• Dymshits, Mark Yulevich: b. 1927, pilot, until his arrest a member of the Party. Sentence — 15 years (CCE 17).
  • Zalmanson, Vulf: b. 1939, a soldier. Sentenced to ten years by a Leningrad military tribunal (CCE 18).

(25) Chernoglaz, David: b. 1939; the Kishinyov ‘aeroplane-related’ trial. Sentence — five years, ending in the summer of 1975 (CCE 20). Transferred to Vladimir Prison (see above in this issue).


(26-27) Abankin, Vitold: a soldier. Crossed the border. Sentence — 12 years, began in 1966. He has renounced his Soviet citizenship in the camp (CCE 32, in which he was erroneously referred to as Viktor).

  • Chesnokov, a soldier. Co-defendant with Abankin. Sentence — ten years.

(28) Berniichuk, Apollony Alexandrovich: soldier. Sentence — 12 years.

(29) Grigoryev, Victor: 30 years old, a soldier. Sentence — six years. Deserted because of his religious convictions, tried to cross the border. [NOTE: Victor Yevgenyevich Grigoryev’s sentence was seven years, according to a long appeal he wrote in 1972 to world Christians. It also indicates that he was arrested in 1968 and renounced his Soviet citizenship in 1972: see Russian text in Novy zhurnal, New York, 1975, No. 118.]

(30) Dudin, Anatoly, a sailor. Sentence — 15 years. He ‘jumped ship’ while on the island of Malta and tried to remain there.

(31) Kudirka, Simas: b. 1930, radio operator on the fishing-vessel ‘Soviet Lithuania’. Escaped to an American ship but was handed back by its captain; was taken back to the USSR, arrested, and tried under Article 64. Sentence — ten years (CCE 20). He was transferred to Vladimir Prison on 3 July.

In the middle of the summer the U S government recognized S. Kudirka as a citizen of the USA because his mother, Sulskene, had been an American citizen (CCE 32). At the end of August, he was granted an official pardon by the Soviet authorities and released.

At the beginning of November, he received permission to leave the country, and emigrated to the USA with his mother, wife and two children.

(32) Koptsyukh, a soldier. Sentence — 12 years.

(33) Repiev, Arkady, a soldier. Sentence — ten years, released after serving it to the end. [NOTE: Confirmed in Browne (1971), p 100. Repiev was one of a group of six men from Khodorov who were tried in Lvov.]

(34) Safronov, Alexei Vitalyevich: b. 1952 a soldier. Sentence — 12 years [CCE 32].

While on guard duty with Lance-Corporal S.A. Kolmakov on the night of 20 November 1970 — when their unit was stationed in East Germany — they deserted together, taking their weapons with them, and went into hiding. They were discovered on the morning of 25 November, and at first resisted capture; seeing how useless this was, Kolmakov shot himself, but Safronov gave himself up. According to the charges, they “had agreed that if they succeeded in crossing (the West German Border, Chronicle) they would ask for political asylum, would make anti-Soviet statements to the press and on television, and would give away military secrets”.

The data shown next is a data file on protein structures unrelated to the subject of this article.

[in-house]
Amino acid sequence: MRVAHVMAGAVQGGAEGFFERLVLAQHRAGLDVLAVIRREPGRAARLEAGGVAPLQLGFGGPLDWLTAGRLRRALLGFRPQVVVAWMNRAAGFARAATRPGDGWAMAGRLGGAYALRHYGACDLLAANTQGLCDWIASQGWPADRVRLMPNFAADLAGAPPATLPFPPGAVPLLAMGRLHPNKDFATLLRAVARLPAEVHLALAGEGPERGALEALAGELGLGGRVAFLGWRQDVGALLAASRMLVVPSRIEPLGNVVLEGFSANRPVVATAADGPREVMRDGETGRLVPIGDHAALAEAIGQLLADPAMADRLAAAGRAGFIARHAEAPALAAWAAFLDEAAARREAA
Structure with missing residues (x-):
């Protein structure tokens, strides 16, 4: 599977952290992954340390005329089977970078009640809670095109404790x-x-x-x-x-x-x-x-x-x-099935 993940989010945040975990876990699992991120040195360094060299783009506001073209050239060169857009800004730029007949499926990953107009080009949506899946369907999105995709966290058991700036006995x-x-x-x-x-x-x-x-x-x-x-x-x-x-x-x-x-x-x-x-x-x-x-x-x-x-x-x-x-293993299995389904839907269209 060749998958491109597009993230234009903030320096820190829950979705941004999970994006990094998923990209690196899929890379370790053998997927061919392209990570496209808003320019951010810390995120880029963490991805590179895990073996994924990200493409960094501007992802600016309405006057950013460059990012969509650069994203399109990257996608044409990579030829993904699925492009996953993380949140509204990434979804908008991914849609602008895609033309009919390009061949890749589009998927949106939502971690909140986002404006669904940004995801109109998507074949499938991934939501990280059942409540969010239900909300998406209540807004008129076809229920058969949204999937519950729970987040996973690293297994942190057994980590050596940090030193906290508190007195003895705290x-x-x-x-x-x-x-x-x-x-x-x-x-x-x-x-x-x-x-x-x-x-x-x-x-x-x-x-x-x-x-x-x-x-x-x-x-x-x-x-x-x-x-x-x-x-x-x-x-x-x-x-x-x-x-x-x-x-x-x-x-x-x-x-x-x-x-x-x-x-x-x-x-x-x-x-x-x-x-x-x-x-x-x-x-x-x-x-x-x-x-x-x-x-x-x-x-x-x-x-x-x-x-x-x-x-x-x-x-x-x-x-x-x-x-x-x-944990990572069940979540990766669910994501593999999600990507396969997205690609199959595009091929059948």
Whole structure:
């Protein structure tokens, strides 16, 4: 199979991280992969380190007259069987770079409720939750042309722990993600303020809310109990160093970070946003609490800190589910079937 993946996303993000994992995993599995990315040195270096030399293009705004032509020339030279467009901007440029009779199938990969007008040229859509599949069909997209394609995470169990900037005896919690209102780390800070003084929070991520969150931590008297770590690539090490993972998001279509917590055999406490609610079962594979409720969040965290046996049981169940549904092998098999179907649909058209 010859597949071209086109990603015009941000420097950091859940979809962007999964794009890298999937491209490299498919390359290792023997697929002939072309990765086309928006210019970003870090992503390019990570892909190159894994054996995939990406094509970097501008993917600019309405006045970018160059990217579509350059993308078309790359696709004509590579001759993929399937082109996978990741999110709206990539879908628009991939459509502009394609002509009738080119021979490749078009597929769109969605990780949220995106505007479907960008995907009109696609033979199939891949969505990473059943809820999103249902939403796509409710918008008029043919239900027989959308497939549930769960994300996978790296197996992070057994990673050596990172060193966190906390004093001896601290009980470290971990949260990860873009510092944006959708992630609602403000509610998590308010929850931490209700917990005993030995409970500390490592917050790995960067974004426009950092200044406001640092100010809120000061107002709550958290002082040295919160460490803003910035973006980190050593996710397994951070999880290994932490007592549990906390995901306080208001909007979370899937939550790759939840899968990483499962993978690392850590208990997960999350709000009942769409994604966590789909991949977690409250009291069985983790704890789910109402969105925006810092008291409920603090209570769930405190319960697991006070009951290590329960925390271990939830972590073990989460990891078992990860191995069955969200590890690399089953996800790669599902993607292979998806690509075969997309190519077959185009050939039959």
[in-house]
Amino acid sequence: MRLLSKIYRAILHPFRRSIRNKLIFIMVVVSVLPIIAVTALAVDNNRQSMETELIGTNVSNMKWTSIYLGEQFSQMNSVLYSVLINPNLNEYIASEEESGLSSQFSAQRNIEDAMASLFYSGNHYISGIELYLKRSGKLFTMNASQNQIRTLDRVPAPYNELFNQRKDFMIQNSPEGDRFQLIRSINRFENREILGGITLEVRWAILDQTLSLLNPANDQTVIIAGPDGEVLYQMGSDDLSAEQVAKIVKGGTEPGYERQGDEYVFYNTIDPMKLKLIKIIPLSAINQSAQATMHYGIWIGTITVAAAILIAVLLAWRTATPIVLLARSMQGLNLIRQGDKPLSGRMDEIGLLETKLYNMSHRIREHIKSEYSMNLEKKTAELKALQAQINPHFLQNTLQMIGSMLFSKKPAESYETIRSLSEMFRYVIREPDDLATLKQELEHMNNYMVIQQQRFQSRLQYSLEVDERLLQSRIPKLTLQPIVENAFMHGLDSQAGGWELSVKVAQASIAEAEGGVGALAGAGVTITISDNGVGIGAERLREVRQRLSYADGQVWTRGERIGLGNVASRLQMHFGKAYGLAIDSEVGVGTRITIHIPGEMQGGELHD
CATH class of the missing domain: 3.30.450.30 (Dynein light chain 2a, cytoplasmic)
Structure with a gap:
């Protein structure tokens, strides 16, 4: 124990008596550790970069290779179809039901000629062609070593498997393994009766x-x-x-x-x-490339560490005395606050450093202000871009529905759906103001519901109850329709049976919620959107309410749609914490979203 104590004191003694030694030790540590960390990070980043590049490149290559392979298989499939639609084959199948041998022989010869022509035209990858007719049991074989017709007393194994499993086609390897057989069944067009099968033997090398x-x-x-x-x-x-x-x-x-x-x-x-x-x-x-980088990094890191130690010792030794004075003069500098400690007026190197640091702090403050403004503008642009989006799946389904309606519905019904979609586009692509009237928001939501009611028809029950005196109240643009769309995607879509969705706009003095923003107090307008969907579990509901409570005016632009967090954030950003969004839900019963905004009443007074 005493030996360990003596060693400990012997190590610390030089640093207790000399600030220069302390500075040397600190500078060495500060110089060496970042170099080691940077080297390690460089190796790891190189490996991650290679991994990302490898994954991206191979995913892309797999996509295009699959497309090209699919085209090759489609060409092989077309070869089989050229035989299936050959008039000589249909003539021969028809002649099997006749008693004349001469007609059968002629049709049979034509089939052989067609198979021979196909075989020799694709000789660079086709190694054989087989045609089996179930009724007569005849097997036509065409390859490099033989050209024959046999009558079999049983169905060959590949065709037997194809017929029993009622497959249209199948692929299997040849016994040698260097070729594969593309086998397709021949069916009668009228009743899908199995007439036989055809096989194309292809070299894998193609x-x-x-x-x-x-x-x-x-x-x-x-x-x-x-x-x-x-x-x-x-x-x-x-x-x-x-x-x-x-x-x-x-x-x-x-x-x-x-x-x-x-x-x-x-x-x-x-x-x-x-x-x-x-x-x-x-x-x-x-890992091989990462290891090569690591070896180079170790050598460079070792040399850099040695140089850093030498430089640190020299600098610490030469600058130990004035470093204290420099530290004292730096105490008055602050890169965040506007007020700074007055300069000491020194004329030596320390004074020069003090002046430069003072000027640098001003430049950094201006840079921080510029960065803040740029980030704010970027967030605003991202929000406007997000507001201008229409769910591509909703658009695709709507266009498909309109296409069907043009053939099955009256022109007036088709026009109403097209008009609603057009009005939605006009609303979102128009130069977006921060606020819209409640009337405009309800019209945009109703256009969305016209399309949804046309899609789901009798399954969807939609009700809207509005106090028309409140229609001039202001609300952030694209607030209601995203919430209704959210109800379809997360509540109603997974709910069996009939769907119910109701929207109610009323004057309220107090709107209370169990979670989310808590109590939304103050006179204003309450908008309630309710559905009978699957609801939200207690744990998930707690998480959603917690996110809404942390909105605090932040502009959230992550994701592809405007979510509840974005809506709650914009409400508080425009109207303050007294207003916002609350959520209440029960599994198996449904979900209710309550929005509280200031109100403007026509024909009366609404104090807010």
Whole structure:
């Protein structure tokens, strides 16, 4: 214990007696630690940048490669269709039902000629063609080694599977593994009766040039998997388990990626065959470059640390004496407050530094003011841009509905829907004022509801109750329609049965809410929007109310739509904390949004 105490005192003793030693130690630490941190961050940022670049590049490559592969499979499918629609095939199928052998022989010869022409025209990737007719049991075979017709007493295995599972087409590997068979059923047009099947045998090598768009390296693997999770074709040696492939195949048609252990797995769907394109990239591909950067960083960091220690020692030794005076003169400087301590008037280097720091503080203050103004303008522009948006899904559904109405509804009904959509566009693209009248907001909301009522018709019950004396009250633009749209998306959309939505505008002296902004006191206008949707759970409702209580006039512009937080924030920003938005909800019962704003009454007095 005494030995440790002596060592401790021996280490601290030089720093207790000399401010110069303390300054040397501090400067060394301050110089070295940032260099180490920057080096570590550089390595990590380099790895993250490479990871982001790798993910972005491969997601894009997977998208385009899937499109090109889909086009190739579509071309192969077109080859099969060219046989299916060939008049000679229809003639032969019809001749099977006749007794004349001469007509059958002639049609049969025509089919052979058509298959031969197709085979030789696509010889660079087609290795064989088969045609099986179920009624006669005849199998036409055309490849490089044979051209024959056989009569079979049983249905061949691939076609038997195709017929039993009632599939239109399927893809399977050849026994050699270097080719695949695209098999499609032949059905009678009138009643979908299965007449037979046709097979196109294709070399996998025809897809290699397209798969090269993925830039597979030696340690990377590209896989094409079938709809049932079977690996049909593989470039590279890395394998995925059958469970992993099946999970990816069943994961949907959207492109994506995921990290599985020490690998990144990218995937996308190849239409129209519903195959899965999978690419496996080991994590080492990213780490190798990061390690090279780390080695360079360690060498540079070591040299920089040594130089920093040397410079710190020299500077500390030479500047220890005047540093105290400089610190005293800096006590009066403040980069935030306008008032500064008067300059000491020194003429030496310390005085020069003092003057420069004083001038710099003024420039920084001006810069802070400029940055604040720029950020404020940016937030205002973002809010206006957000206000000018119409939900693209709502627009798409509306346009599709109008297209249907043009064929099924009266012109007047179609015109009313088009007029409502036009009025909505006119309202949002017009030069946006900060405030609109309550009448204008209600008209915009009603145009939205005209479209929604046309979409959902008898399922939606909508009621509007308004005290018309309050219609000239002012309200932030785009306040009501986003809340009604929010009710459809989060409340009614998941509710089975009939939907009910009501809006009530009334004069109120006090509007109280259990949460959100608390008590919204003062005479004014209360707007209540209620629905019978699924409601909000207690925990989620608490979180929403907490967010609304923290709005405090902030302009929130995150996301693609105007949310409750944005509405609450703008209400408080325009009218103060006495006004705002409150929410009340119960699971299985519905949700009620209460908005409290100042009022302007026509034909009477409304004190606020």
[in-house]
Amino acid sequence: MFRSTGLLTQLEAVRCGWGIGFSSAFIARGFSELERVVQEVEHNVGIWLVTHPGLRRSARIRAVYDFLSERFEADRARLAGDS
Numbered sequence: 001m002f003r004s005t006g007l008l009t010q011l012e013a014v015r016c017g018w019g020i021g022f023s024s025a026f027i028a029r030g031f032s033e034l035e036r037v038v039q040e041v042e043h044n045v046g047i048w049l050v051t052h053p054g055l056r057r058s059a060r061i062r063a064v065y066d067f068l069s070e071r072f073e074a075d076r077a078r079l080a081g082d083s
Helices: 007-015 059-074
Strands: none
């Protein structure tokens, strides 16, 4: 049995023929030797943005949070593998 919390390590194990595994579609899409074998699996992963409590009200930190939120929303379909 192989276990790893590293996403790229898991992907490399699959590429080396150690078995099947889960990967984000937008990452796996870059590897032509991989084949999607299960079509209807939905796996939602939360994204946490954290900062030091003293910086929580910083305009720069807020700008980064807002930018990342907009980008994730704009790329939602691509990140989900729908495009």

(35) Zakharov, Vyacheslav Mikhailovich, a soldier. Sentence — 12 years. Soon due for release.

(36) Panifidin, Mikhail Mikhailovich: b. 1945, a soldier. Sentence — ten years.

  • His co-defendant was Lichutin (Pyotr Vladimirovich), b. 1945. Sentence — 12 years. Articles 64, 89 (stealing State property) and 146 (banditry).

According to the verdict:

“On 26 January 1966, fearing that criminal proceedings would be instituted against them on account of the number of times they had been absent without leave on drunken sprees, they agreed to escape to West Germany together. They took a map from the Lenin reading room, stole ammunition and sub-machine guns, seized a vehicle, wounding an East German citizen in the process, and set off for the border; but realizing that a search for them was in progress, they hid in a haystack. They saw the search parties, which included Soviet sub-divisions and German police, but did not renounce their plan, deciding instead to wait till the search was over. They intended, on reaching West Germany, to divulge all the military information in their possession, including details of the unit they were serving in, so as to gain permission to reside in West Germany.”

This case, like other cases of attempted escape from East to West Germany by Soviet servicemen, was tried by a military tribunal in Potsdam.

Panifidin was pardoned and released this year.


(37) Reznikov, Alexei Sergeyevich: a writer. Arrested on 9 November 1971. Sentence — 5 ½ years; charged in connection with Ukrainian and Muscovite samizdat.

  • Co-defendants: N. Strokata and A. Prityka (CCE 25 and 28).

(38) Sverstyuk, Yevgeny Alexandrovich: 34 years old, literary specialist. Arrested in January 1972, tried in April 1973 under Article 70. The charges concerned works of literary criticism and conversations. Sentence — seven years in camps and five in exile. Transferred temporarily to the hospital in Camp 35 last September. (On Sverstyuk, see CCE 7, 24, 27 and 29.//)

(39) Chernomaz, Bogdan Danilovich: 25 years old, a qualified soil expert, worked as a teacher in the Ternopol Region. Trial in November 1972, Article 70. Sentence — three or four years.